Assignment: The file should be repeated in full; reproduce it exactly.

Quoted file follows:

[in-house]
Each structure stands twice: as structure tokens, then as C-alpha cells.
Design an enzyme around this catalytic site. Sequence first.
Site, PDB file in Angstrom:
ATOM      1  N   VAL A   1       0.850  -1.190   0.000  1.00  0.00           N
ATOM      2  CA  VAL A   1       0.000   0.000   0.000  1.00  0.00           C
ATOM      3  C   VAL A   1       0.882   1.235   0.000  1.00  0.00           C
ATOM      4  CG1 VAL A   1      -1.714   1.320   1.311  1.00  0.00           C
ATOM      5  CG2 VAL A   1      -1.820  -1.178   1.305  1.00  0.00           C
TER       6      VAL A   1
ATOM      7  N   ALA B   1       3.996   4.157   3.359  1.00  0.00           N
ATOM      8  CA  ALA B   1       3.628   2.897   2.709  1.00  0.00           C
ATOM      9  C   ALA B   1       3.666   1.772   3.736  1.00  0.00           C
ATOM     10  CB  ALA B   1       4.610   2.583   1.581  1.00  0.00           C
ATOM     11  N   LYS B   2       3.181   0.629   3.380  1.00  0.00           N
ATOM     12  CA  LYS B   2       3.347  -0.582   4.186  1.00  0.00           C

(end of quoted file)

[in-house]
Each structure stands twice: as structure tokens, then as C-alpha cells.
Design an enzyme around this catalytic site. Sequence first.
Site, PDB file in Angstrom:
ATOM      1  N   VAL A   1       0.850  -1.190   0.000  1.00  0.00           N
ATOM      2  CA  VAL A   1       0.000   0.000   0.000  1.00  0.00           C
ATOM      3  C   VAL A   1       0.882   1.235   0.000  1.00  0.00           C
ATOM      4  CG1 VAL A   1      -1.714   1.320   1.311  1.00  0.00           C
ATOM      5  CG2 VAL A   1      -1.820  -1.178   1.305  1.00  0.00           C
TER       6      VAL A   1
ATOM      7  N   ALA B   1       3.996   4.157   3.359  1.00  0.00           N
ATOM      8  CA  ALA B   1       3.628   2.897   2.709  1.00  0.00           C
ATOM      9  C   ALA B   1       3.666   1.772   3.736  1.00  0.00           C
ATOM     10  CB  ALA B   1       4.610   2.583   1.581  1.00  0.00           C
ATOM     11  N   LYS B   2       3.181   0.629   3.380  1.00  0.00           N
ATOM     12  CA  LYS B   2       3.347  -0.582   4.186  1.00  0.00           C